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Employers’ dilemma

Some will argue that employers seem to take the blame for many shortcomings at the workplace when it comes to the treatment of workers, and the overall application of fairness and justice. It is a responsibility from which employers cannot absolve themselves.

Let’s take the instance of the principal of a school, who has to assume responsibility for the students, teachers, administrative and ancillary staff. The principal, as the manager of the plant, assumes overall responsibility for the welfare and safety of those under his charge. There is also shared responsibility, as teachers assume a surrogate role to the students.

The school as a place of business therefore, does not differ fundamentally in following the basic principles of management. The employer directly or the agent of the employer, therefore has a responsibility to provide a safe place of work, and to establish policies, procedures and practices that are in the best interest of the employers.

The long and short, nothing should be implemented or practised, that can compromise the health and safety of employees, and moreover, that does not take into consideration the interest and welfare of employees.

The recent allegation made against employers in Barbados that some employees were called out to work before the all clear was given following the passage of tropical storm Chantel, would be a classic example of what constitutes gross irresponsible and unconscionable behaviour.

Whereas it can be reasonably argued that it is unfair to lay all blame on the shoulders of all employers because of the inappropriate actions of a few, it is this type of behaviour that tends to have all employers painted with the same brush.

Any employer who either requests or demands their employees to report for work in the instance where a hurricane, storm of whatever kind, earthquake or any other natural disaster that leads to a national shut down has been announced, should be ashamed of themselves. Maybe the time is right for the law to put into place, that will allow for severe penalties to be imposed on any employer who is found guilty of any such action.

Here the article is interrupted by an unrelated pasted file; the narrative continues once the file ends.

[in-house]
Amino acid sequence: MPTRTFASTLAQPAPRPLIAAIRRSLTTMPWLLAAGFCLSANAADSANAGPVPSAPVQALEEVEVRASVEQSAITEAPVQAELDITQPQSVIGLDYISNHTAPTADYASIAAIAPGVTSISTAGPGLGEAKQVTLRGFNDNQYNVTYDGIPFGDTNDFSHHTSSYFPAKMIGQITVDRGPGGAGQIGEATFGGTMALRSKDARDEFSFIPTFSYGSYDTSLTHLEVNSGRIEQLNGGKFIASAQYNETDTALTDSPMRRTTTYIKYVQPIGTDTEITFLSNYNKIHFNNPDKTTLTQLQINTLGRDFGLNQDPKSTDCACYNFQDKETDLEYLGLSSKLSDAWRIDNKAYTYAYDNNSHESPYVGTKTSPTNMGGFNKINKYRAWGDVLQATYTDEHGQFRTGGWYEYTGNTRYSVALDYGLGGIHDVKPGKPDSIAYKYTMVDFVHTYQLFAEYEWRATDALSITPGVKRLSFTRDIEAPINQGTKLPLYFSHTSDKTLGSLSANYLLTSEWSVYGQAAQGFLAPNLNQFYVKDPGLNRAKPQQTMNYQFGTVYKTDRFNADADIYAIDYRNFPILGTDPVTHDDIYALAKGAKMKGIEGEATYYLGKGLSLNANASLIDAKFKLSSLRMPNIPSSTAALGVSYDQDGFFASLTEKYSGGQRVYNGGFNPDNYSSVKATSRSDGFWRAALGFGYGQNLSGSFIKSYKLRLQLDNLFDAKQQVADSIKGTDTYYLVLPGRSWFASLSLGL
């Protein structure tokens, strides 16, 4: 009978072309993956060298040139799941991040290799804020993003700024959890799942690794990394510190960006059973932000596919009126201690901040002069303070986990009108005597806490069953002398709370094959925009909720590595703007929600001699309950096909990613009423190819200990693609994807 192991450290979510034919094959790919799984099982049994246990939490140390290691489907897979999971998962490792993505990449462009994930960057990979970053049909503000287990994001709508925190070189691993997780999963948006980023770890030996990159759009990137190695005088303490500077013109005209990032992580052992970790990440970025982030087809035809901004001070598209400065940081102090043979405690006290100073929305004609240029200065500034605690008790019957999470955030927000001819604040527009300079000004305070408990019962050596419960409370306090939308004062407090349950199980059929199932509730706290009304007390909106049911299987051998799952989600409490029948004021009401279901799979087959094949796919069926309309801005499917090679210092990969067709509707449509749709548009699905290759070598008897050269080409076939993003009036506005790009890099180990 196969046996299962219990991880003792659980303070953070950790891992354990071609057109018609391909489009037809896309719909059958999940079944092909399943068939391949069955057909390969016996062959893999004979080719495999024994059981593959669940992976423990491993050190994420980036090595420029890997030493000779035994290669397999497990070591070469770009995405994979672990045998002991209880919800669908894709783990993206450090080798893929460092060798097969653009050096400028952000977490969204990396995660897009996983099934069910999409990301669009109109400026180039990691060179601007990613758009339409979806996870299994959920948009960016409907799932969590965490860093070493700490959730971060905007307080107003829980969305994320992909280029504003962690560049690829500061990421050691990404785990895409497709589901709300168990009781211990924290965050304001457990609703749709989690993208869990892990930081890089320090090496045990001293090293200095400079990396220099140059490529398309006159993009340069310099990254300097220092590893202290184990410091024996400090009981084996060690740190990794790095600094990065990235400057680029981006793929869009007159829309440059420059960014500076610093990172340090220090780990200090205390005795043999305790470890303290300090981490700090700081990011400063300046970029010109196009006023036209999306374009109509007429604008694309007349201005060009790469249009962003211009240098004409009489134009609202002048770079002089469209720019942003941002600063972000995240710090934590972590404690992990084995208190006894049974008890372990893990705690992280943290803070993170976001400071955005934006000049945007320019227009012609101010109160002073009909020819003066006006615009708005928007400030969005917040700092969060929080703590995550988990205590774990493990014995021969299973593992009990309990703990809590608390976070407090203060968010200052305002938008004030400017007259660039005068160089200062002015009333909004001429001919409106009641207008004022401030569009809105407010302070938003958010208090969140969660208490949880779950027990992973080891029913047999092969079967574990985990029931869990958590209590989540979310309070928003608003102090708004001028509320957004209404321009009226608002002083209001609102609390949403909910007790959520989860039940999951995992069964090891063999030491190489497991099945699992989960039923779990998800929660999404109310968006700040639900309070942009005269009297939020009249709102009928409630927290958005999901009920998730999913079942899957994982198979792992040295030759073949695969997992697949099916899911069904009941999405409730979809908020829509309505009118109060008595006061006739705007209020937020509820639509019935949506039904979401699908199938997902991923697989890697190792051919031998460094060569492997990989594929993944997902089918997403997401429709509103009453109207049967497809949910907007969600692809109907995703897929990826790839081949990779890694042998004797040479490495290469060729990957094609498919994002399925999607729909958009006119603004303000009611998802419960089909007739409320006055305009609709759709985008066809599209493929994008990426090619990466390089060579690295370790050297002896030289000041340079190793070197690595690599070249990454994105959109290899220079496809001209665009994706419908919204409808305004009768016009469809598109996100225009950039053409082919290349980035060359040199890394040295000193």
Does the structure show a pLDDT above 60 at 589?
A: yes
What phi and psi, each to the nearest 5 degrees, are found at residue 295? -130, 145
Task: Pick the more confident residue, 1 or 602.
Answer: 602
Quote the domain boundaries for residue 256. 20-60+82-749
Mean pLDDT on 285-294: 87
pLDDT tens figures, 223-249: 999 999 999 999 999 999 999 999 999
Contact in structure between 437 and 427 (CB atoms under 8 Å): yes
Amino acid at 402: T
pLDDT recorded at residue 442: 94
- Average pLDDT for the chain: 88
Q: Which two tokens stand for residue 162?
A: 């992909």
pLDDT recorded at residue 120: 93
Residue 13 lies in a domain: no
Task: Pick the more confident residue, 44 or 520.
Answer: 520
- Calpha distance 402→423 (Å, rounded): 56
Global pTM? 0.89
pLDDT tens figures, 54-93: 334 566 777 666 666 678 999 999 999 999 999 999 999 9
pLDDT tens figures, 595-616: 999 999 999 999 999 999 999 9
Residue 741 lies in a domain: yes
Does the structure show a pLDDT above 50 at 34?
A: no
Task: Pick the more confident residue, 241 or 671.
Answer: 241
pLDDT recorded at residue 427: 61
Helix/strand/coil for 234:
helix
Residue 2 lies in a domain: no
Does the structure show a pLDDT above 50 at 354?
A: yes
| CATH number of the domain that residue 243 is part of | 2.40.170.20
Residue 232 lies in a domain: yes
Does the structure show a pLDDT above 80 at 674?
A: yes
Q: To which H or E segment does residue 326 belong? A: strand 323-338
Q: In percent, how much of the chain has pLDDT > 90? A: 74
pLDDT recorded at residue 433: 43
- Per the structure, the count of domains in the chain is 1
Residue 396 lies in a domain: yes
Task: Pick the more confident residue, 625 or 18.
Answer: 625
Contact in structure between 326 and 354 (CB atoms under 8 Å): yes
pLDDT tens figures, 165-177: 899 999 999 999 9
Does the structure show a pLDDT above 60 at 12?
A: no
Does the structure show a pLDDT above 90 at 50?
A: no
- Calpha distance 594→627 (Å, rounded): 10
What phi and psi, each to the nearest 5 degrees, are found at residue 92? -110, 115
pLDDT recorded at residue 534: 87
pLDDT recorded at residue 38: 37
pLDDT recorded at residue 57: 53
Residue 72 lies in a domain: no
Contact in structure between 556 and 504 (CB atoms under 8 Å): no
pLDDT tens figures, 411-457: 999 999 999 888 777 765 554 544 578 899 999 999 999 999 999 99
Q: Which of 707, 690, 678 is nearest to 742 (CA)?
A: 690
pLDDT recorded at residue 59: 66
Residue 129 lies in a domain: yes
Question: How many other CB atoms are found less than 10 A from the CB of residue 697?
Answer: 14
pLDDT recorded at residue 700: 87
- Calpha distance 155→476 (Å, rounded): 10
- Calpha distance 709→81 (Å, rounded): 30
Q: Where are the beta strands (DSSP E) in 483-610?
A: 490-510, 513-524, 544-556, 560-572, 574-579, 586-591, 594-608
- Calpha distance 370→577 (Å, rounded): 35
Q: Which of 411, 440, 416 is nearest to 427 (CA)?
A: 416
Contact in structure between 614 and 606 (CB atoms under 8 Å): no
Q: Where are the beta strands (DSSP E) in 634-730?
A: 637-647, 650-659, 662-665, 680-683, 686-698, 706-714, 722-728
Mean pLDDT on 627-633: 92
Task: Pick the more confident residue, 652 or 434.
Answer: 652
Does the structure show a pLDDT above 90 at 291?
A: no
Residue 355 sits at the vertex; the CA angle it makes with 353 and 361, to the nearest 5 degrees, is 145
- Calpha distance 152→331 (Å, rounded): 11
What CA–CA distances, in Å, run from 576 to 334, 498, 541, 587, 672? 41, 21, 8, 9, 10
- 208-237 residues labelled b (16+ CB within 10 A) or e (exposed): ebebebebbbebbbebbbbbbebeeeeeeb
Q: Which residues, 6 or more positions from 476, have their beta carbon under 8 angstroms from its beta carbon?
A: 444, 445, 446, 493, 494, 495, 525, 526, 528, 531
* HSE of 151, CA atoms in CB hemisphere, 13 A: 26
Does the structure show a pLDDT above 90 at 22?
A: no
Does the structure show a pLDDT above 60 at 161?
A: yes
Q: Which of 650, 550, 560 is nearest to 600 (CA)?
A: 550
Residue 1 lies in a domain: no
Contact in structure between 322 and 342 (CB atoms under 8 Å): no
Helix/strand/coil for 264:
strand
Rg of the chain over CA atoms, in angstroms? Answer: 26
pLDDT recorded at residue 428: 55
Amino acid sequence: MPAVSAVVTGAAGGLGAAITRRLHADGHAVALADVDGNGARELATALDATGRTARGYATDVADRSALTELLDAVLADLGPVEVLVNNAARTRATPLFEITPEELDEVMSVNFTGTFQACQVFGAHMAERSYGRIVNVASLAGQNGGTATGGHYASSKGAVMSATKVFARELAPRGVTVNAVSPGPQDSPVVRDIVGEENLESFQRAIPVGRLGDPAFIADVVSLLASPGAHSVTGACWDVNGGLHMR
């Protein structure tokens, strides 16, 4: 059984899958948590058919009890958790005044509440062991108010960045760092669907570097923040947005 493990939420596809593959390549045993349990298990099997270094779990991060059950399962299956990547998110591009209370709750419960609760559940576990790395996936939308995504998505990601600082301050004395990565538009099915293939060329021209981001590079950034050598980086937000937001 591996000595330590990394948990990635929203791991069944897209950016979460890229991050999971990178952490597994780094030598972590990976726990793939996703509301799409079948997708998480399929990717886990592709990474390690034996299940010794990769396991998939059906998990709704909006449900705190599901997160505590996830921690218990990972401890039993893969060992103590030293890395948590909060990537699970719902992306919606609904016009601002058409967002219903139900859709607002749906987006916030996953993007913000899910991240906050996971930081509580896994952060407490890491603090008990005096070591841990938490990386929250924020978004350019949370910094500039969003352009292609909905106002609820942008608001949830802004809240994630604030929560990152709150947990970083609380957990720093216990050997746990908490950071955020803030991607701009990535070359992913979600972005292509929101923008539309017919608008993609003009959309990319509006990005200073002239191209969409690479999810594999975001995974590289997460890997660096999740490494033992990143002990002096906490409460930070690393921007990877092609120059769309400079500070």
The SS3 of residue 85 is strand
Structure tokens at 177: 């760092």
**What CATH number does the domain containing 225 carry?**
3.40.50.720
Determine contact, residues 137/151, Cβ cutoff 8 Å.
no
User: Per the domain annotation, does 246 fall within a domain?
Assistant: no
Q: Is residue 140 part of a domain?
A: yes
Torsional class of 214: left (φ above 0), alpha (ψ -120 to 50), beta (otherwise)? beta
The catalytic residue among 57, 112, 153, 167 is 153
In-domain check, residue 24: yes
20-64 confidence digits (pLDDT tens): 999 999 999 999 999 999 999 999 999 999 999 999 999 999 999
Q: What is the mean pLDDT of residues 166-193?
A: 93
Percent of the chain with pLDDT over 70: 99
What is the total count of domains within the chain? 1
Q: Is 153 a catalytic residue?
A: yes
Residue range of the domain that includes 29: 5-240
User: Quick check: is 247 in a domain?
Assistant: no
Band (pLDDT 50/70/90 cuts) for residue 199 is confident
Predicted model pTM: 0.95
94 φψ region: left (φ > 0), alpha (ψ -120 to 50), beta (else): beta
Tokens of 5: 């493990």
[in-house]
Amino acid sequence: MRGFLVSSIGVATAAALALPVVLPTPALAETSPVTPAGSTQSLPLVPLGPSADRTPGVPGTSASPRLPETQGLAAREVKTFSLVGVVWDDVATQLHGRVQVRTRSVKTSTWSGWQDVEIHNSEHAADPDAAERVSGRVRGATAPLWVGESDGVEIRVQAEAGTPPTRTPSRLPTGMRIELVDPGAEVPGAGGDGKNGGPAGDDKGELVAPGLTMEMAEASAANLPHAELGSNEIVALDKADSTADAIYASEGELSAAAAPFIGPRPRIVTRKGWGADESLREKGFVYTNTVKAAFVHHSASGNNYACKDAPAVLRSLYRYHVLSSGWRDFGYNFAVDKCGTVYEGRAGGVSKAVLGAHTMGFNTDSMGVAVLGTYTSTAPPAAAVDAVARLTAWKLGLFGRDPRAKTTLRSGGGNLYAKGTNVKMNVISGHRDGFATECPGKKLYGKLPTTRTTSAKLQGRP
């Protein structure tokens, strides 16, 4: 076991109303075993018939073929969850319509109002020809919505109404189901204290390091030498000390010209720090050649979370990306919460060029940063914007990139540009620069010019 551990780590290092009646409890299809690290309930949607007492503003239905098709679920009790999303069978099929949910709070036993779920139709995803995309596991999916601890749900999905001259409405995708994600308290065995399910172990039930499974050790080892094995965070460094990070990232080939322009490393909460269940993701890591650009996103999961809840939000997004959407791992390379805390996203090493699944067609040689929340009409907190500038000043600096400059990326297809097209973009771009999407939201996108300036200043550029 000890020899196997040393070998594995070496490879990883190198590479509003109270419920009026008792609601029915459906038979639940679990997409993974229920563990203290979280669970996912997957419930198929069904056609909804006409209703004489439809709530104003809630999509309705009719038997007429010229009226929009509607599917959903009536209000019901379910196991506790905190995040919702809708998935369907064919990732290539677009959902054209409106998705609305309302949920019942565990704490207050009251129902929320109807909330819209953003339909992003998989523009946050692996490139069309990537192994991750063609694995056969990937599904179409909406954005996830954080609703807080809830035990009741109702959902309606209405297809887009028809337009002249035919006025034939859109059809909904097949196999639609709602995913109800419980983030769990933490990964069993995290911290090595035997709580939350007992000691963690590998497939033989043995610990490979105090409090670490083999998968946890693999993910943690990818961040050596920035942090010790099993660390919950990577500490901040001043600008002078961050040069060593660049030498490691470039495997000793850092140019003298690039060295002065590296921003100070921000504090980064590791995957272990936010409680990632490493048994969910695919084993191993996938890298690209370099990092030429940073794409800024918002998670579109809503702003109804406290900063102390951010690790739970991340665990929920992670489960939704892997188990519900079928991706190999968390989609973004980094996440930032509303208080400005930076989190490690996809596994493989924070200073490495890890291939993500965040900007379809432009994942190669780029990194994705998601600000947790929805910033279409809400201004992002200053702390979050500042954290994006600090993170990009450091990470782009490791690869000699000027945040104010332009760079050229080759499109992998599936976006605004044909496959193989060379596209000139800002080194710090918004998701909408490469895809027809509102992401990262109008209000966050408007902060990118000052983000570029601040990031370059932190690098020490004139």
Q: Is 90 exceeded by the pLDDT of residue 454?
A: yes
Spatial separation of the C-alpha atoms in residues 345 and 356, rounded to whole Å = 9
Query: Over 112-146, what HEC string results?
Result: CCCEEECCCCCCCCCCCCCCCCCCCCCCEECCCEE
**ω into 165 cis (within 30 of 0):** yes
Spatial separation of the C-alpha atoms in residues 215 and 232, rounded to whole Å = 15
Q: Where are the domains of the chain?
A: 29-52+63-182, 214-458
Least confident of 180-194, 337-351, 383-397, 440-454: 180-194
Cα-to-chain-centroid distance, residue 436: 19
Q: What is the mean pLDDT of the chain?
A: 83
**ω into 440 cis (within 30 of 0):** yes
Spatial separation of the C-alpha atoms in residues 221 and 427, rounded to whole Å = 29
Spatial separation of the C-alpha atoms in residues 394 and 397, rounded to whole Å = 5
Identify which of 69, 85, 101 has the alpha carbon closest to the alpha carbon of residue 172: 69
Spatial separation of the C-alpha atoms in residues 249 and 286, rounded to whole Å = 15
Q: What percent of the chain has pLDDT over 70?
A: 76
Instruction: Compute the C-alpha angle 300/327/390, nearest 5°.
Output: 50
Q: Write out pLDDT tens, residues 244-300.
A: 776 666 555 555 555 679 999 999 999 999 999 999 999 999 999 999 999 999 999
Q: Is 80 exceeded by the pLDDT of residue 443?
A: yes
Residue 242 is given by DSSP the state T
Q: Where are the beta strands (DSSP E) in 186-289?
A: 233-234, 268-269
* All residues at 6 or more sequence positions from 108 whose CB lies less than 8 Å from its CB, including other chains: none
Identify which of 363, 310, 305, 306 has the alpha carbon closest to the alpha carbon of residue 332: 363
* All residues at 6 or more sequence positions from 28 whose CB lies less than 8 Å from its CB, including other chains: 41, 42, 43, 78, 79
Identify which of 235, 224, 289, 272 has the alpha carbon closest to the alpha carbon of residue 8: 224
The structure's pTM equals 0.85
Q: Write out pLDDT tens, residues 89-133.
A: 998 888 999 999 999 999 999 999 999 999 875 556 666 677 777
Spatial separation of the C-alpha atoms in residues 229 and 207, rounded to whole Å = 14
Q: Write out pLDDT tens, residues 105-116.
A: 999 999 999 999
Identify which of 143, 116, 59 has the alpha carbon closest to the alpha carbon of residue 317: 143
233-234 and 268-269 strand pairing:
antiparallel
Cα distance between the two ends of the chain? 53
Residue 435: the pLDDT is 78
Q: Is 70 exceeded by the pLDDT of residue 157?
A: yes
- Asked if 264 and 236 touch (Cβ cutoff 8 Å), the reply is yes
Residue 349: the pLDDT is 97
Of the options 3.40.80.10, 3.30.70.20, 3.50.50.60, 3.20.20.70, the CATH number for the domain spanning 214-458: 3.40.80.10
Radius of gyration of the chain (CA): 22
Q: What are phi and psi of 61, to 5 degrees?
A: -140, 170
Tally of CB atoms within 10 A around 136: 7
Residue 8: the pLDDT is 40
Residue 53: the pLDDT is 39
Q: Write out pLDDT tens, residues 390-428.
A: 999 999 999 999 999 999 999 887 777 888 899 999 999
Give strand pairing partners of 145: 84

Across the globe, it is established that members of the essential/emergency services are those required to report for duty in the event of a declared national emergency. There is nothing to support workers being threatened, intimidated, harassed or pressured into reporting to work in any other sectors, including hospitality, service, retail, wholesale, construction and manufacturing.

It is understandable that a national shutdown could have an impact on the business of hotels, where the provisions of meals for guests would present some challenges. It is therefore for management to have contingency plans in place to address such emergency situations; particularly in the case of a storm or hurricane, where prior knowledge is known of the impending weather system.

By and large, it is for all businesses to have contingency and/or emergency plans in place, which would allow them to conduct business prior to the approach of a weather system, and immediately following the all clear being given.

If employers are willing to place making profits at the expense of the safety and security of their employees, then this belies all commonsense and reason. In times of a declared national shut down, employees must use their commonsense, and in so doing take responsibility for their own safety and health.

It would be a senseless act for one to leave his home or place of relative safety, to venture out in treacherous conditions; knowing full well that his life and limbs are being placed at risk.

* Dennis De Peiza is a Labour Management Consultant with Regional Management Services Inc.

Visit our Website: www.regionalmanagementservicesinc

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